- Title: JAPAN/FILE: Japan drops Cold War defence to face new threats
- Date: 18th December 2010
- Summary: SAITAMA, JAPAN (FILE - OCTOBER, 2010) (REUTERS) VARIOUS OF JAPANESE FLAG VARIOUS OF HELICOPTERS FLYING DURING JAPAN'S TROOP REVIEW MILITARY VEHICLES JAPANESE PRIME MINISTER NAOTO KAN WATCHING VEHICLE PARADE TANKS DURING PARADE JAPAN'S SELF-DEFENCE FORCE (SDF) GROUND TROOPS MARCHING MORE OF MARCH
- Embargoed: 2nd January 2011 12:00
- Location: Japan
- Country: Japan
- Topics: Defence / Military
- Reuters ID: LVA9PIUI6NKODXZGCUHDGJDA8GPE
- Story Text: Japan unveiled a sweeping update of its national defence polices on Friday (December 17), prescribing a more flexible posture and refocusing its capabilities as it confronts China's military buildup and North Korea's nuclear ambitions.
The National Defence Programme Guideline approved by Prime Minister Naoto Kan's cabinet stopped short of easing a ban on arms exports -- a move opposed by a small pacifist party whose help Kan wants to pass bills in a divided parliament -- but it left the door open to international joint development.
Under the programme, Japan will allocate 23.49 trillion yen (280 billion U.S. dollars) for defence spending for the five years from next April, down 3 percent from a five-year spending cap to March 2010 due to constraints of a public debt twice the size of gross domestic product.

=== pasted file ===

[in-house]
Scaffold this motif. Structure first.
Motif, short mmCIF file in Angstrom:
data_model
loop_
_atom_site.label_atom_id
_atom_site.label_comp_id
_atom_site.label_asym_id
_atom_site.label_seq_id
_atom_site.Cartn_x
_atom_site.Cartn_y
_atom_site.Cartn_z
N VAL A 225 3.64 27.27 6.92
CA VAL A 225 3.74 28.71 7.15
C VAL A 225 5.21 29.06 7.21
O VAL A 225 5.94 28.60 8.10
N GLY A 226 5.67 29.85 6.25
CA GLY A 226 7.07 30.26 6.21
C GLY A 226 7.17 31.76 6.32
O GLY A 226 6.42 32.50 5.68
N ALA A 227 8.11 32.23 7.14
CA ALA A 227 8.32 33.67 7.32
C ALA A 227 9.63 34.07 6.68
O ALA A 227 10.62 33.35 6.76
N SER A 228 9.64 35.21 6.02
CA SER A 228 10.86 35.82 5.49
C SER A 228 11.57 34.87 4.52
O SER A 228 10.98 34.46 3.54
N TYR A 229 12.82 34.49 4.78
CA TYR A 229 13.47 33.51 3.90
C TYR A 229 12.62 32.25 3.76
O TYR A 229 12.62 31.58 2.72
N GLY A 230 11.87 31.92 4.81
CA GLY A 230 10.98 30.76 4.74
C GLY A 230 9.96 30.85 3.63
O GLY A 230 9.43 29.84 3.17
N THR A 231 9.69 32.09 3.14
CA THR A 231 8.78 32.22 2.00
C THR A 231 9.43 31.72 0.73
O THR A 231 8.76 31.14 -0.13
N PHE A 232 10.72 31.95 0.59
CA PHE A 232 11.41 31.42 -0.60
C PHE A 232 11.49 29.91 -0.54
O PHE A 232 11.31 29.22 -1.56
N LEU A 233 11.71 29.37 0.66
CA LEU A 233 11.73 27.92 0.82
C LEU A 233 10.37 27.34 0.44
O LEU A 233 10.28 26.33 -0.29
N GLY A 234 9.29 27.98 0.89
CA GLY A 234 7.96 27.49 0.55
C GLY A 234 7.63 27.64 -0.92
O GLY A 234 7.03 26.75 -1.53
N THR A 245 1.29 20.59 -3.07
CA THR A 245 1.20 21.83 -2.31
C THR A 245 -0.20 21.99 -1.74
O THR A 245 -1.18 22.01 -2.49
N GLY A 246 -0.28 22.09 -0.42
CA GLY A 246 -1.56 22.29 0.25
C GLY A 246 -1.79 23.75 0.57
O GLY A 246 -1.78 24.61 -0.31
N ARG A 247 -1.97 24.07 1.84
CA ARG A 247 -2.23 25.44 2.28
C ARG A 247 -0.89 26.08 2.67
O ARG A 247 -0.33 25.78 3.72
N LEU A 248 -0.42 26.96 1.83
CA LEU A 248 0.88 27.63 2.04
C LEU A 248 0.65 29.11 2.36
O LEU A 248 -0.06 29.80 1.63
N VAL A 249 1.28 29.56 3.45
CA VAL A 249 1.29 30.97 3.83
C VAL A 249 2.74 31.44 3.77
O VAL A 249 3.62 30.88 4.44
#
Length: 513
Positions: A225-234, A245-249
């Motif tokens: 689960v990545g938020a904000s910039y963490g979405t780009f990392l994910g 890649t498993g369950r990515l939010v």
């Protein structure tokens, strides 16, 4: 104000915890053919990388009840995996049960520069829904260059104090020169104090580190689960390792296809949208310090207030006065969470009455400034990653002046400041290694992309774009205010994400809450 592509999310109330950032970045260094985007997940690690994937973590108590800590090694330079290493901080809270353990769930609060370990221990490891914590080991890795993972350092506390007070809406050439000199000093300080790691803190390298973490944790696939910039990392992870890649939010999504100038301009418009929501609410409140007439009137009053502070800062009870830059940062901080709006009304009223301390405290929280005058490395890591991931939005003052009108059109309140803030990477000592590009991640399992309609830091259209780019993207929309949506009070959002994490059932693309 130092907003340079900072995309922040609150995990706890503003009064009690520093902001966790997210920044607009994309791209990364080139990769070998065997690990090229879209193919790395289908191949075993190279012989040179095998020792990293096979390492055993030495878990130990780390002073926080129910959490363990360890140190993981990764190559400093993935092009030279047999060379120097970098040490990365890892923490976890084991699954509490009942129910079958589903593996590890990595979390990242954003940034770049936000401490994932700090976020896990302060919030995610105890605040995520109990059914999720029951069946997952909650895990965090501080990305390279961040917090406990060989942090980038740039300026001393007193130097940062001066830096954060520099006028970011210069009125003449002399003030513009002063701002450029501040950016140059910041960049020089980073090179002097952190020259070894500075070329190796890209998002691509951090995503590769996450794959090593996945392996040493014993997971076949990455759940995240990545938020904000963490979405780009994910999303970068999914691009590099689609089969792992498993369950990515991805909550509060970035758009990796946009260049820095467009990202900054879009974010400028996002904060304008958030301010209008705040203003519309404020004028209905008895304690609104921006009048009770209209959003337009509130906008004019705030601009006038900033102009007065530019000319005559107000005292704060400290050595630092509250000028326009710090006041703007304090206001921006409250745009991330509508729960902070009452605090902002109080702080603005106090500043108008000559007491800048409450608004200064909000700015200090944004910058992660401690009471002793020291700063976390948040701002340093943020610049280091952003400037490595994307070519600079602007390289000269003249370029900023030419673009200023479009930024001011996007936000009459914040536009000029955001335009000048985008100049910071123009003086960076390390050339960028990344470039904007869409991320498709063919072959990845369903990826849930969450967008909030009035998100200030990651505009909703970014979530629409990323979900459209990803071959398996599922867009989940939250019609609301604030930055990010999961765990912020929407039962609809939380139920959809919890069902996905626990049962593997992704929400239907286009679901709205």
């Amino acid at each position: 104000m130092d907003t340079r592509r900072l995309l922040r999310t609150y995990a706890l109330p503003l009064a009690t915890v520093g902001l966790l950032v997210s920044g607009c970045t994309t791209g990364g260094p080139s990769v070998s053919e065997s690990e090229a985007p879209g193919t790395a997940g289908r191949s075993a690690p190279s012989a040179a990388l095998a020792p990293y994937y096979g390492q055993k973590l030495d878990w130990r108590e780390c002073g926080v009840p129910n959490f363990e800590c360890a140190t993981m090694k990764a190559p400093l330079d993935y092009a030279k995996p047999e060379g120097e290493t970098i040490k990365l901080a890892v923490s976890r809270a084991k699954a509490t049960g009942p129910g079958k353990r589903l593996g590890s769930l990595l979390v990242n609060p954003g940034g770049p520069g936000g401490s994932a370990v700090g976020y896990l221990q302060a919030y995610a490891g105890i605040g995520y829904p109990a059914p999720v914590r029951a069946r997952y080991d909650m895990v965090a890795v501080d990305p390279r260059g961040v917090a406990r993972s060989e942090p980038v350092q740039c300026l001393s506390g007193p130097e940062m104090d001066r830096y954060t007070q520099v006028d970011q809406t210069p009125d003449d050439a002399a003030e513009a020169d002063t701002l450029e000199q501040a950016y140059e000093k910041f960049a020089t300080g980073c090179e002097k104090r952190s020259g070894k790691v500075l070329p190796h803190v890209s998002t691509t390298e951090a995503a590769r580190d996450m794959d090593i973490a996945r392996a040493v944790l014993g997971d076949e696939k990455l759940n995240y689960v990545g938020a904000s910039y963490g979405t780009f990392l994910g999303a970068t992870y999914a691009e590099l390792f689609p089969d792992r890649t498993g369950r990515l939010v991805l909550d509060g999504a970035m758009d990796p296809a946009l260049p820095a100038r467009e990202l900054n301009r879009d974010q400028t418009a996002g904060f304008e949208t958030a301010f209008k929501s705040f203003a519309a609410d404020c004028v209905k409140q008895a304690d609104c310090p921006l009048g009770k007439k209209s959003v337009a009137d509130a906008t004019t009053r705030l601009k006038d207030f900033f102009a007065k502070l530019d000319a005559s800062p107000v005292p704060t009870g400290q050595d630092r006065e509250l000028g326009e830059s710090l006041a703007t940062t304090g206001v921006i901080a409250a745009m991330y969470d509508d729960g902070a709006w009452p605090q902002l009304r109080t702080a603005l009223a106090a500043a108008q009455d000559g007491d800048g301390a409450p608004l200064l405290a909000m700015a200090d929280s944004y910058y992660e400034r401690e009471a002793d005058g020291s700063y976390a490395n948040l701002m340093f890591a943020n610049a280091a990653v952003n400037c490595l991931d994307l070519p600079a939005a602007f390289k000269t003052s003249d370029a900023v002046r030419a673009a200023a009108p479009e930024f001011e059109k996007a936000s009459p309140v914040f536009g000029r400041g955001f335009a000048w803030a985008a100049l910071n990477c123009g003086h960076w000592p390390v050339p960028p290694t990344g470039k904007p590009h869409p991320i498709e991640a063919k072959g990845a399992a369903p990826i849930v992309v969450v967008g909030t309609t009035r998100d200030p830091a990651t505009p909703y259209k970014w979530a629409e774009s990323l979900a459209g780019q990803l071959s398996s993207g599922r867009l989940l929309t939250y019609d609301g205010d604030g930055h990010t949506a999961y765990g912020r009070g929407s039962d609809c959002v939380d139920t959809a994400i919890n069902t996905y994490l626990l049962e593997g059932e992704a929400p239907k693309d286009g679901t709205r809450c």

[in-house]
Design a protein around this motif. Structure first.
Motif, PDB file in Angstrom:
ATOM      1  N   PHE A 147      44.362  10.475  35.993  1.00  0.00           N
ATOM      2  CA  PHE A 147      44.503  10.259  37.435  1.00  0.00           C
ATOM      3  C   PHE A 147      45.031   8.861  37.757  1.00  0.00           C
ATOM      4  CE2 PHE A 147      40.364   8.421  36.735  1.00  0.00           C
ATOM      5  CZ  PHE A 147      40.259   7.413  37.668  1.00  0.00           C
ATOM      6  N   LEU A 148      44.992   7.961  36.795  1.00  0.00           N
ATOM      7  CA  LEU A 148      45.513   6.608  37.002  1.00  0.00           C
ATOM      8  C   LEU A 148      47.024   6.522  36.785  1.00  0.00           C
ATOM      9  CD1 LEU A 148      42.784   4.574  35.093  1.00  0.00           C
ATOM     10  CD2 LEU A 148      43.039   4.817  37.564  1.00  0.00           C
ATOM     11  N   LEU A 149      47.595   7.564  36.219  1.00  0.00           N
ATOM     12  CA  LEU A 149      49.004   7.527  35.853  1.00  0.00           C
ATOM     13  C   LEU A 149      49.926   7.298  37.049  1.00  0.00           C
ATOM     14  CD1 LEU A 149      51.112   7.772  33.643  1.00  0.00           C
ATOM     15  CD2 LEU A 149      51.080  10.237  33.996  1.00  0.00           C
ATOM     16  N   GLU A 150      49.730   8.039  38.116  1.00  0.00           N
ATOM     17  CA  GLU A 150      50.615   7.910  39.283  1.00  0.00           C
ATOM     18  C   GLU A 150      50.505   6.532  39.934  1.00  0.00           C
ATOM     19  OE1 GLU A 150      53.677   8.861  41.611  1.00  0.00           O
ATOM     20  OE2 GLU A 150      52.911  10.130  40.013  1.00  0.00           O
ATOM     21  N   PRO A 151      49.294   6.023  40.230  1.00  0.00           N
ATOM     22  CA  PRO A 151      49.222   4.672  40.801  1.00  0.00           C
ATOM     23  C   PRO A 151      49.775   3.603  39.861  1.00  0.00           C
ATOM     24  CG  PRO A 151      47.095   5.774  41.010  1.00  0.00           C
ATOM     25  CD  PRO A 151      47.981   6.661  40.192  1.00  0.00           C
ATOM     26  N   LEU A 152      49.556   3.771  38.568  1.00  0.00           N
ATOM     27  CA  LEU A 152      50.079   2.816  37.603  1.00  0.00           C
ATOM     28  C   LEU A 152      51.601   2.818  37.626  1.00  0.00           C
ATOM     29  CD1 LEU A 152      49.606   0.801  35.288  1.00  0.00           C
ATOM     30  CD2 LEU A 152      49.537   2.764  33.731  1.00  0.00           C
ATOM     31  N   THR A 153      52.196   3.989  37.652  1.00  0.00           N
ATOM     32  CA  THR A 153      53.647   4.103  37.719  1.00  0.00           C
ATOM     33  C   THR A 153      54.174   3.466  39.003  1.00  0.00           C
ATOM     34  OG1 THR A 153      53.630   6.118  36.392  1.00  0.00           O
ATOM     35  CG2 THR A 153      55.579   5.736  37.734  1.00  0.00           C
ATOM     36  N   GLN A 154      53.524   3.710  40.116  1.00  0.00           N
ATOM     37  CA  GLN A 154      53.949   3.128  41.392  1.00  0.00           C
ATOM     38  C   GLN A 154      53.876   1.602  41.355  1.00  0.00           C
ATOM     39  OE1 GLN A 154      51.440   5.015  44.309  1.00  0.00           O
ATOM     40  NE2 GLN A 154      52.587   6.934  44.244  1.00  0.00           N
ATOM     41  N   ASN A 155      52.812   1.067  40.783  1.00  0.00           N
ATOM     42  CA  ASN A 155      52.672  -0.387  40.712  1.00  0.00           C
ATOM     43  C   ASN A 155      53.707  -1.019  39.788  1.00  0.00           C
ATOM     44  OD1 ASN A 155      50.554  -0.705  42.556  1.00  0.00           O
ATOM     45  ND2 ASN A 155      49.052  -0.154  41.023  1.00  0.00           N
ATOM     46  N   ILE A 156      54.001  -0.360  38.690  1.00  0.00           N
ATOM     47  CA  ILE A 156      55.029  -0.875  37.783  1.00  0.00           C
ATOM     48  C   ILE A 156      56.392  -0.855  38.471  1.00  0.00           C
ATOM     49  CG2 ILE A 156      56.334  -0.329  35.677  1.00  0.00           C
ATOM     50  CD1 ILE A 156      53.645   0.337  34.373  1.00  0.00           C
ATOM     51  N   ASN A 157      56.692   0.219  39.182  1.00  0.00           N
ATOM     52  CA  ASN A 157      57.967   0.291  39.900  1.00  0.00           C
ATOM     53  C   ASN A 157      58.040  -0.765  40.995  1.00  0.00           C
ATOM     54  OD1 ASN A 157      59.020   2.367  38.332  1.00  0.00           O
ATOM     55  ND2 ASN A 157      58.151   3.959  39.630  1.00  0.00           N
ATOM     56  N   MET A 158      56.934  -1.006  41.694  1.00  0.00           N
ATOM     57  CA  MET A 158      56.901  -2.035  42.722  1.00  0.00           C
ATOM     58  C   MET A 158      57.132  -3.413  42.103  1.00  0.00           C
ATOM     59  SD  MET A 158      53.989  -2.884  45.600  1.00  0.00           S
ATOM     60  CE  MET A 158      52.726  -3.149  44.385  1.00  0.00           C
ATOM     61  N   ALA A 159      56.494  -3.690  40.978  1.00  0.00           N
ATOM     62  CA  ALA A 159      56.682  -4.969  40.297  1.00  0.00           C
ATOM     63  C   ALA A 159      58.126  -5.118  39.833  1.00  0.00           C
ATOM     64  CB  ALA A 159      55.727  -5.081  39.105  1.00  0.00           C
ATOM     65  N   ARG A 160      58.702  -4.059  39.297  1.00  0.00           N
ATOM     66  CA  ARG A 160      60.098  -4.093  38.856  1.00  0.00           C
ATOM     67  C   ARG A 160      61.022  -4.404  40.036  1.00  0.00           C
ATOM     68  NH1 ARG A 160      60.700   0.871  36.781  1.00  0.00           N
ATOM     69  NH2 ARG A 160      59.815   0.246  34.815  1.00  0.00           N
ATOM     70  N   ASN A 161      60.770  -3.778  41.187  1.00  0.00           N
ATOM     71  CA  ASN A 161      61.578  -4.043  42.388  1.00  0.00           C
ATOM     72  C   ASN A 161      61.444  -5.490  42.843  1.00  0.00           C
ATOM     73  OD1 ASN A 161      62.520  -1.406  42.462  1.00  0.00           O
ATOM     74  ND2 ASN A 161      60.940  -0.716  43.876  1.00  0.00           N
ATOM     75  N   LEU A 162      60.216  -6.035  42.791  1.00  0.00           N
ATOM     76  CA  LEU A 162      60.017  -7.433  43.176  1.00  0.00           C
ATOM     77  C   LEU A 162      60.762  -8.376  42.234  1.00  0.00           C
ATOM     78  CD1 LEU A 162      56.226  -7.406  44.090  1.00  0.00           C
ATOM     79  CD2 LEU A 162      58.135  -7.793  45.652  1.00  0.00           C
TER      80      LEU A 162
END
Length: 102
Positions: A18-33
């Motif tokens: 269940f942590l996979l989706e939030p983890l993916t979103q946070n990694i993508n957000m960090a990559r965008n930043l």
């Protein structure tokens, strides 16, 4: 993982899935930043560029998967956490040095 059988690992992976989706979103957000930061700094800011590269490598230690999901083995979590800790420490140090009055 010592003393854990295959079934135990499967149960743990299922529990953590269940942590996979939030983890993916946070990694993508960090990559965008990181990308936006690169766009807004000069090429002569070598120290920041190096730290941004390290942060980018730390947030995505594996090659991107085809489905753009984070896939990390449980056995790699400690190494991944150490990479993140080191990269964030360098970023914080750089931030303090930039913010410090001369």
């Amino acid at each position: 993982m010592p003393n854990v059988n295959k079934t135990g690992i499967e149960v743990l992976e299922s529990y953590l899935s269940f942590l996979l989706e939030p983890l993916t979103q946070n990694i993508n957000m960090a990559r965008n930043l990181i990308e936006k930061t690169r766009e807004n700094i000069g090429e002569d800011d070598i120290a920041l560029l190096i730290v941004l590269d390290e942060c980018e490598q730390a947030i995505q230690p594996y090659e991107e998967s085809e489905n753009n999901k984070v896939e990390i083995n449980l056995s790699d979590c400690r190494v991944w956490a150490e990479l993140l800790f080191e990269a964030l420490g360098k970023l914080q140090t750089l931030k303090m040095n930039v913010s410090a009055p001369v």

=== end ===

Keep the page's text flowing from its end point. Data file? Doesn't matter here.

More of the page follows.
The plan will bolster Japan's defence posture to its southwest, where it shares a maritime border with China, by boosting the number of combat aircraft on the southern island of Okinawa and stationing troops on smaller islands.
The policy update is the first major revision in six years and the first under Kan's Democratic Party, which swept to power last year for the first time.
"I think we have been able to put forth a defence policy, which includes troops with mobility, that is appropriate for the tough security environment and the new era," Defence Minister Toshimi Kitazawa told a news conference in Tokyo on Friday.
Japan's military, which is bigger than Britain's, has for years been pushing the limits of a post-World War Two pacifist constitution. But any sign Japan is further flexing its military muscle could upset Asian neighbours including China, where bitter memories of Japan's wartime aggression run deep.
Speaking in front of reporters in Tokyo, Japan's chief government spokesperson reiterated that the new defence policy should not become a threat to any neighbours.
"The security issues and concerns surrounding Japan has become more diversified, complex and multilayered. Our basic idea is to shift our former defence plan in order to accommodate this," chief government spokesperson Yoshito Sengoku said.
"We also stand by our fundamental principle to stick to our defense-oriented policy in accordance with the Japanese constitution and never to become a military giant that threatens other countries," he added.
The report, reflecting Japanese anxiety about its giant neighbour, pointed to China's rising military spending, rapid modernisation of its armed forces and growing maritime activities.